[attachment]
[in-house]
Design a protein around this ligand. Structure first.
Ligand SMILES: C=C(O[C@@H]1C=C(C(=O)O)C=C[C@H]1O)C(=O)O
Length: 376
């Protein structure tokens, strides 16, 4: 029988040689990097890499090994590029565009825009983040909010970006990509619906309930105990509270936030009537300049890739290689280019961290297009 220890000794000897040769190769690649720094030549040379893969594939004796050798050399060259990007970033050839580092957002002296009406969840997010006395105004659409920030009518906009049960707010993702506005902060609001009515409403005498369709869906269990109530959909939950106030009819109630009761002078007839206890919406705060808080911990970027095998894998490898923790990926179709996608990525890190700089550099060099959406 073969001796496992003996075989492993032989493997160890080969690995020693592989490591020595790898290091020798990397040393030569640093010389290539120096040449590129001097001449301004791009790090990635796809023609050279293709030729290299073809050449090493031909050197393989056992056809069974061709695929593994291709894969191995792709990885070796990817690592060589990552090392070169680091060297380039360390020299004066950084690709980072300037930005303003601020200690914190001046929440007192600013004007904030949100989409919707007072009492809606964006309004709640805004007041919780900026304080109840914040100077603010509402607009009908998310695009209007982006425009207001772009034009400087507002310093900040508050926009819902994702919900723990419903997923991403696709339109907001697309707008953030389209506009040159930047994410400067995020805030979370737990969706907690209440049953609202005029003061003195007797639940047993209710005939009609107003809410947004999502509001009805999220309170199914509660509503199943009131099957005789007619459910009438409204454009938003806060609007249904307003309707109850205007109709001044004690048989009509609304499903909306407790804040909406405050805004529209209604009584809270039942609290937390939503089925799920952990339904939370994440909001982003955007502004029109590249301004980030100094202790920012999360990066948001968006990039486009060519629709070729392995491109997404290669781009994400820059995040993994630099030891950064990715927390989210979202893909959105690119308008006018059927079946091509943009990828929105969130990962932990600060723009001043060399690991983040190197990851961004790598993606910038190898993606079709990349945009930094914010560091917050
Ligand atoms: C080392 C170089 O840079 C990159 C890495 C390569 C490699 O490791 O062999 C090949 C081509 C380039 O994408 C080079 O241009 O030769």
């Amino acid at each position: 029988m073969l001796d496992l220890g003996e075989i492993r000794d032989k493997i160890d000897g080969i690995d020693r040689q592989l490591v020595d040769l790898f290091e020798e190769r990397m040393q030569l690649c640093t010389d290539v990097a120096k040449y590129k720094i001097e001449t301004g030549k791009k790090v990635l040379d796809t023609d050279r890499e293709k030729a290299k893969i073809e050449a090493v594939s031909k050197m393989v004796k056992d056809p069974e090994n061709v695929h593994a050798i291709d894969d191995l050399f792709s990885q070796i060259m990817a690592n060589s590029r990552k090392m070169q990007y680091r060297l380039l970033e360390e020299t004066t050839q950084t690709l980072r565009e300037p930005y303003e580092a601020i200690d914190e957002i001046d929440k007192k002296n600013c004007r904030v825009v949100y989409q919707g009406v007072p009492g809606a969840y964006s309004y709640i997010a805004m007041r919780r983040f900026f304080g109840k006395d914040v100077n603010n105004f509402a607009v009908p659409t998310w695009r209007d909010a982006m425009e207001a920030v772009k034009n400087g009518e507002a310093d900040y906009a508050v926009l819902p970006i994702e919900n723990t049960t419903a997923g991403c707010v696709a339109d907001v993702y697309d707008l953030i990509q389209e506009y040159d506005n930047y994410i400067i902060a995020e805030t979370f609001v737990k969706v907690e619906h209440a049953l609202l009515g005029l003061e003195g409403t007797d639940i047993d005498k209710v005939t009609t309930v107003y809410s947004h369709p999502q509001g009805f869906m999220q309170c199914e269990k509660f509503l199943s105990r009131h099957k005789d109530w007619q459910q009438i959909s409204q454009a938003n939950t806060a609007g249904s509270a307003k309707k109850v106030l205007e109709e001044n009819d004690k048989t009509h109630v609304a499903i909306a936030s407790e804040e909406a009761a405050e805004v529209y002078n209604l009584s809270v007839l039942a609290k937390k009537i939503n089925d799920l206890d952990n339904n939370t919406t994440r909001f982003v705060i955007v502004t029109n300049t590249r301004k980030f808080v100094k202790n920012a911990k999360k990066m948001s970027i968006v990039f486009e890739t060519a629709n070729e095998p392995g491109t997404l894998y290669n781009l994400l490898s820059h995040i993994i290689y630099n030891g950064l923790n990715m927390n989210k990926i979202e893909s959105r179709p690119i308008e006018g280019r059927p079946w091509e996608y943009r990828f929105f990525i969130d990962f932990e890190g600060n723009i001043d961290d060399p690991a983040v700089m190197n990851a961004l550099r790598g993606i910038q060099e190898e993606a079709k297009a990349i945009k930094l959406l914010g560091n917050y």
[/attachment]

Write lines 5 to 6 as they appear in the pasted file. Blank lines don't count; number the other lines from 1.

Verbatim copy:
């Protein structure tokens, strides 16, 4: 029988040689990097890499090994590029565009825009983040909010970006990509619906309930105990509270936030009537300049890739290689280019961290297009 220890000794000897040769190769690649720094030549040379893969594939004796050798050399060259990007970033050839580092957002002296009406969840997010006395105004659409920030009518906009049960707010993702506005902060609001009515409403005498369709869906269990109530959909939950106030009819109630009761002078007839206890919406705060808080911990970027095998894998490898923790990926179709996608990525890190700089550099060099959406 073969001796496992003996075989492993032989493997160890080969690995020693592989490591020595790898290091020798990397040393030569640093010389290539120096040449590129001097001449301004791009790090990635796809023609050279293709030729290299073809050449090493031909050197393989056992056809069974061709695929593994291709894969191995792709990885070796990817690592060589990552090392070169680091060297380039360390020299004066950084690709980072300037930005303003601020200690914190001046929440007192600013004007904030949100989409919707007072009492809606964006309004709640805004007041919780900026304080109840914040100077603010509402607009009908998310695009209007982006425009207001772009034009400087507002310093900040508050926009819902994702919900723990419903997923991403696709339109907001697309707008953030389209506009040159930047994410400067995020805030979370737990969706907690209440049953609202005029003061003195007797639940047993209710005939009609107003809410947004999502509001009805999220309170199914509660509503199943009131099957005789007619459910009438409204454009938003806060609007249904307003309707109850205007109709001044004690048989009509609304499903909306407790804040909406405050805004529209209604009584809270039942609290937390939503089925799920952990339904939370994440909001982003955007502004029109590249301004980030100094202790920012999360990066948001968006990039486009060519629709070729392995491109997404290669781009994400820059995040993994630099030891950064990715927390989210979202893909959105690119308008006018059927079946091509943009990828929105969130990962932990600060723009001043060399690991983040190197990851961004790598993606910038190898993606079709990349945009930094914010560091917050
Ligand atoms: C080392 C170089 O840079 C990159 C890495 C390569 C490699 O490791 O062999 C090949 C081509 C380039 O994408 C080079 O241009 O030769």